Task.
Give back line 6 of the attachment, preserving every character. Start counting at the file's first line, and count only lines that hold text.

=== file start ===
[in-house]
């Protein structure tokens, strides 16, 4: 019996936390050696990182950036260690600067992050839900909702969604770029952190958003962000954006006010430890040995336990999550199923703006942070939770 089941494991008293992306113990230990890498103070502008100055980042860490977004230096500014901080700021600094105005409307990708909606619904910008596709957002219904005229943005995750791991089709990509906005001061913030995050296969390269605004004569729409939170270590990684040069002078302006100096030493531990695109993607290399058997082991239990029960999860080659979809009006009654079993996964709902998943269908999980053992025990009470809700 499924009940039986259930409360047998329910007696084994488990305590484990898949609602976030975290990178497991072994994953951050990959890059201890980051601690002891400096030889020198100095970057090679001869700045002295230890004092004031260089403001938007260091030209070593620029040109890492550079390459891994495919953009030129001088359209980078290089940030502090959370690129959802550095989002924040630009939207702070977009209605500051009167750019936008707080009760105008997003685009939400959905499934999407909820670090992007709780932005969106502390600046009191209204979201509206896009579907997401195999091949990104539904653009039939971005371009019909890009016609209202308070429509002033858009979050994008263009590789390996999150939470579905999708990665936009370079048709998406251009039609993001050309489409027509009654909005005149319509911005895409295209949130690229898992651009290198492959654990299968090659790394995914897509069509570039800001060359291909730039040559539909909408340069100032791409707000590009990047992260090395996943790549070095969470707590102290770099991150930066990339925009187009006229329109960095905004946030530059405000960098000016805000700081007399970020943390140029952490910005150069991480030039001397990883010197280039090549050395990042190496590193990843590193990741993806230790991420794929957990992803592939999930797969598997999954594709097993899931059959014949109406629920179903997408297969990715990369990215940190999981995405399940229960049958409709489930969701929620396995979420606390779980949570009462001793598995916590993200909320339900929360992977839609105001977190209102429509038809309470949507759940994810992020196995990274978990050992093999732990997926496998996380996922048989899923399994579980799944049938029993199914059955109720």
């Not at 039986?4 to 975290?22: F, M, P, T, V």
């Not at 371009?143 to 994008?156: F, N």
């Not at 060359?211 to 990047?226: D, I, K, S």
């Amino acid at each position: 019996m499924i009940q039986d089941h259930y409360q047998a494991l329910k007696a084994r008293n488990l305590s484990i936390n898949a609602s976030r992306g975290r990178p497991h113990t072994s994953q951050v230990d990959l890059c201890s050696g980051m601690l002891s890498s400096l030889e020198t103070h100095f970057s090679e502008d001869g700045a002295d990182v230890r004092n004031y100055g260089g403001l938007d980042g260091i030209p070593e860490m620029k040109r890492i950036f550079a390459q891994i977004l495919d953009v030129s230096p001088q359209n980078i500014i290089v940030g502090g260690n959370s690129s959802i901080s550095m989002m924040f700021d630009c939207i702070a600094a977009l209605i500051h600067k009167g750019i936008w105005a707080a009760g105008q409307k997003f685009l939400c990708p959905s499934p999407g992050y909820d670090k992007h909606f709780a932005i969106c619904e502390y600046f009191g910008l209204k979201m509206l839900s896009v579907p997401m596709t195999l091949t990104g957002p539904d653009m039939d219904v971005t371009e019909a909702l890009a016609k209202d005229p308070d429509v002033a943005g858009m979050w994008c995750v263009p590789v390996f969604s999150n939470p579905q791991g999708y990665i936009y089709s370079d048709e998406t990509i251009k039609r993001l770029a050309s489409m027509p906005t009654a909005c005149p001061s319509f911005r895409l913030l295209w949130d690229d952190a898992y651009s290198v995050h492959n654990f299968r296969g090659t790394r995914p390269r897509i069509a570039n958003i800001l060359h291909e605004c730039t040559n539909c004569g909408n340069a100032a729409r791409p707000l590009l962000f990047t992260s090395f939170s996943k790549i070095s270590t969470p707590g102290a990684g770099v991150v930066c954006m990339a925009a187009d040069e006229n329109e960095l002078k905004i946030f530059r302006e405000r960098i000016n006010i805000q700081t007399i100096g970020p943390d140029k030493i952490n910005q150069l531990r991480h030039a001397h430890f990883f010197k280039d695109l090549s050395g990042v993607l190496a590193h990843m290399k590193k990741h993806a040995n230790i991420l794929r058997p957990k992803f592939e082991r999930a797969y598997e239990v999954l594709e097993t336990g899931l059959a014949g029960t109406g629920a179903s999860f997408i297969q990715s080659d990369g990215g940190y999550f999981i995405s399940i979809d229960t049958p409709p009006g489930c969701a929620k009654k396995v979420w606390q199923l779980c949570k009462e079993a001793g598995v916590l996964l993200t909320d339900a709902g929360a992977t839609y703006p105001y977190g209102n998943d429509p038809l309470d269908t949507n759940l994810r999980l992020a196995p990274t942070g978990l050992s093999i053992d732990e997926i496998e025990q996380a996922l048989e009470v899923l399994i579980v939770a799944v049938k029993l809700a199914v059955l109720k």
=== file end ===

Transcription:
């Amino acid at each position: 019996m499924i009940q039986d089941h259930y409360q047998a494991l329910k007696a084994r008293n488990l305590s484990i936390n898949a609602s976030r992306g975290r990178p497991h113990t072994s994953q951050v230990d990959l890059c201890s050696g980051m601690l002891s890498s400096l030889e020198t103070h100095f970057s090679e502008d001869g700045a002295d990182v230890r004092n004031y100055g260089g403001l938007d980042g260091i030209p070593e860490m620029k040109r890492i950036f550079a390459q891994i977004l495919d953009v030129s230096p001088q359209n980078i500014i290089v940030g502090g260690n959370s690129s959802i901080s550095m989002m924040f700021d630009c939207i702070a600094a977009l209605i500051h600067k009167g750019i936008w105005a707080a009760g105008q409307k997003f685009l939400c990708p959905s499934p999407g992050y909820d670090k992007h909606f709780a932005i969106c619904e502390y600046f009191g910008l209204k979201m509206l839900s896009v579907p997401m596709t195999l091949t990104g957002p539904d653009m039939d219904v971005t371009e019909a909702l890009a016609k209202d005229p308070d429509v002033a943005g858009m979050w994008c995750v263009p590789v390996f969604s999150n939470p579905q791991g999708y990665i936009y089709s370079d048709e998406t990509i251009k039609r993001l770029a050309s489409m027509p906005t009654a909005c005149p001061s319509f911005r895409l913030l295209w949130d690229d952190a898992y651009s290198v995050h492959n654990f299968r296969g090659t790394r995914p390269r897509i069509a570039n958003i800001l060359h291909e605004c730039t040559n539909c004569g909408n340069a100032a729409r791409p707000l590009l962000f990047t992260s090395f939170s996943k790549i070095s270590t969470p707590g102290a990684g770099v991150v930066c954006m990339a925009a187009d040069e006229n329109e960095l002078k905004i946030f530059r302006e405000r960098i000016n006010i805000q700081t007399i100096g970020p943390d140029k030493i952490n910005q150069l531990r991480h030039a001397h430890f990883f010197k280039d695109l090549s050395g990042v993607l190496a590193h990843m290399k590193k990741h993806a040995n230790i991420l794929r058997p957990k992803f592939e082991r999930a797969y598997e239990v999954l594709e097993t336990g899931l059959a014949g029960t109406g629920a179903s999860f997408i297969q990715s080659d990369g990215g940190y999550f999981i995405s399940i979809d229960t049958p409709p009006g489930c969701a929620k009654k396995v979420w606390q199923l779980c949570k009462e079993a001793g598995v916590l996964l993200t909320d339900a709902g929360a992977t839609y703006p105001y977190g209102n998943d429509p038809l309470d269908t949507n759940l994810r999980l992020a196995p990274t942070g978990l050992s093999i053992d732990e997926i496998e025990q996380a996922l048989e009470v899923l399994i579980v939770a799944v049938k029993l809700a199914v059955l109720k």